Coeur d’artichaut

Coeur d'artichaut

Illustration by MelinArt.

This is part of a series on French idiomatic expressions that relate to food. Browse the list of idioms featured so far.

This week’s expression is, “Cœur d’artichaut.”

Literally translated as, “artichoke heart,” it is used to describe someone who falls in love easily and frequently, possibly with several people at the same time — or at least in rapid succession. It can be used either as avoir un cœur d’artichaut (having an artichoke heart) or être un cœur d’artichaut (being an artichoke heart).

Example: “Elle était très amoureuse de lui, mais elle s’est vite rendu compte que c’était un cœur d’artichaut.” “She was very much in love with him, but she soon realized he was an artichoke heart.”

Listen to the idiom and example read aloud:


(If no player appears, here’s a link to the audio file.)

This idiom dates back to the nineteenth century, and is built as a variation on the maxim, “Cœur d’artichaut, une feuille pour tout le monde” (“Artichoke heart, a leaf for everyone”).

It plays on the fact that the center of the artichoke is called its heart, making it natural to link it to matters of love, and suggests that each of its many leaves represents a different romantic interest.

Do you know anyone whom you’d call a cœur d’artichaut?

  • http://www.ericaindenalpen.blogspot.com Erica

    Très interessant. The audio file helps a lot. I love how I can practice my french and be inspired to cook all in one place! Merci!

    • http://chocolateandzucchini.com clotilde

      Thanks, I’m glad you like it!

  • http://revessurpapier.wordpress.com Rachel

    When I saw this I instantly thought of Cibo Matto’s song Artichoke (‘My heart is like an artichoke/I eat petals myself one by one…’) which has always seemed to me the opposite of the French expression – a song about loneliness and unrequited love! I wonder if they were aware of the French meaning when they wrote it…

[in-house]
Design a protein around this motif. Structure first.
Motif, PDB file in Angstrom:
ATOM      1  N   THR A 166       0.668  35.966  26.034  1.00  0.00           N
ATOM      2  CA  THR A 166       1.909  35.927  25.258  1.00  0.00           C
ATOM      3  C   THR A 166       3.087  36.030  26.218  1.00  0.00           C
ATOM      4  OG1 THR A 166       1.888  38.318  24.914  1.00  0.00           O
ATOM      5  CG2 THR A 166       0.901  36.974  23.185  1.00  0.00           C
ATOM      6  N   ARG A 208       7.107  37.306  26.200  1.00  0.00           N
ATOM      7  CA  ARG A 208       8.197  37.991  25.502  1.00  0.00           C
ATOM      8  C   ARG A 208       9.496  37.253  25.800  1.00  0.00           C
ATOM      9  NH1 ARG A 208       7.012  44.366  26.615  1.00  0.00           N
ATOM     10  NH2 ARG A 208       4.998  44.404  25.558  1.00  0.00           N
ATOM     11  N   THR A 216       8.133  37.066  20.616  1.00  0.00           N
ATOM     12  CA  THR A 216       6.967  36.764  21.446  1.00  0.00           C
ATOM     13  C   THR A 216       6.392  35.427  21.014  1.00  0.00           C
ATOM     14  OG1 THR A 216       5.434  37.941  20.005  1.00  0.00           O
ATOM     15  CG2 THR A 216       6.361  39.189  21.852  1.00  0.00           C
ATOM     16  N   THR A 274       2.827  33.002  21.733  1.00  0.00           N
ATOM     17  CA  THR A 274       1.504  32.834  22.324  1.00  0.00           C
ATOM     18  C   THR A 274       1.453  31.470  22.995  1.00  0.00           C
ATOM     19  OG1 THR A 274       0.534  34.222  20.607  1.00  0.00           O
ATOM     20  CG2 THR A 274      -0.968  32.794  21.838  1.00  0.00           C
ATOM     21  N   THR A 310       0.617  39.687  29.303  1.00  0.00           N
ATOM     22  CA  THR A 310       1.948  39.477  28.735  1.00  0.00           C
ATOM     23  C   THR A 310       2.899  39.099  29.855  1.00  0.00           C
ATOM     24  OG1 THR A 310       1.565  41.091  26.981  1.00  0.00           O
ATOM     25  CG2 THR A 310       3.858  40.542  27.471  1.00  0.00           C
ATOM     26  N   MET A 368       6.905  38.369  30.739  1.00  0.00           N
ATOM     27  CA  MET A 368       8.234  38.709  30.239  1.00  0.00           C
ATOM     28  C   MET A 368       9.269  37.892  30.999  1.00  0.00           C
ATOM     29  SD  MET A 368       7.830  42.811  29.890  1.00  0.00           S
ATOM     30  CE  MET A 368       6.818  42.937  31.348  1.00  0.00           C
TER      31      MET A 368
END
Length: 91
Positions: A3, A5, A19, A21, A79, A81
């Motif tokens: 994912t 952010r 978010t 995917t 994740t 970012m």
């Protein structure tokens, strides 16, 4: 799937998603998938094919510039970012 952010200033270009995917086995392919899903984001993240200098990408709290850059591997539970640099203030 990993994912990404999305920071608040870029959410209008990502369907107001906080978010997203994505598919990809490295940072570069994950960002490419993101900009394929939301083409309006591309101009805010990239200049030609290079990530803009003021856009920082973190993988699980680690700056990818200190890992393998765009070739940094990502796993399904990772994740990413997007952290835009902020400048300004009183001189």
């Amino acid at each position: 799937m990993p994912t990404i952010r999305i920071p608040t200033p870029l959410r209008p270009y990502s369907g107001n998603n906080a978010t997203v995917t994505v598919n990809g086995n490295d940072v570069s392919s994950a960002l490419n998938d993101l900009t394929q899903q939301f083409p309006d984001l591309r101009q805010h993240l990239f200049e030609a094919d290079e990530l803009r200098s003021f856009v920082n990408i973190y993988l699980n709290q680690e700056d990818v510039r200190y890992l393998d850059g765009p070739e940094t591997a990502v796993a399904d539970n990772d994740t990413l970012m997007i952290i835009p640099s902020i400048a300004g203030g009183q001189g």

• http://chocolateandzucchini.com clotilde

      I didn’t know of that song, but the image breaks my heart!

  • http://www.webuyyourusedcar.com Eddy

    Thank you for posting an audio file. It helped me so much :D

  • http://www.sendflowersandmore.com/Sweden/Sending-For-Her-Flowers zabby

    Great work by attaching audio file, It’s very helpful for my friend.

  • http://box-elder.blogspot.fr/ Lucy

    I suppose it’s rather like being flaky, shedding leaves in somewhat promiscuous fashion!

    I’ve enjoyed looking back over these idioms; some I’m familiar with, some I’ve heard or read but been unsure of the sense, many I don’t know at all.

    I like ‘haut comme trois pommes’ to describe a small child. Is the expression ‘faire le poireau’ – meaning to be made to wait around pointlessly (like a bored husband on a shopping trip!), still at all current? A friend found it in an older text and asked about it, I asked my older students who knew and explained it, but younger people I’ve mentioned it to don’t know it all.

    Happy New Year to you and yours!

    • http://chocolateandzucchini.com clotilde

      I think the idiom is not so much in use nowadays — I know it from having read it, but I’ve never heard anyone actually use it. “Faire le pied de grue” (in reference to a crane’s leg) would be the closest in-use equivalent.

  • Papounet

    “Faire le poireau” is indeed quite unusual nowadays, but the verb that was derived from the expression, “poireauter”, is still very much in use.
    “Faire le pied de grue” (to do the crane’s foot…) means more specifically to wait while standing up, which is not necessarily the case when you “poireaute”. It used to be “Faire la jambe de grue” (to do the crane’s leg). It got simplified to the extremity…

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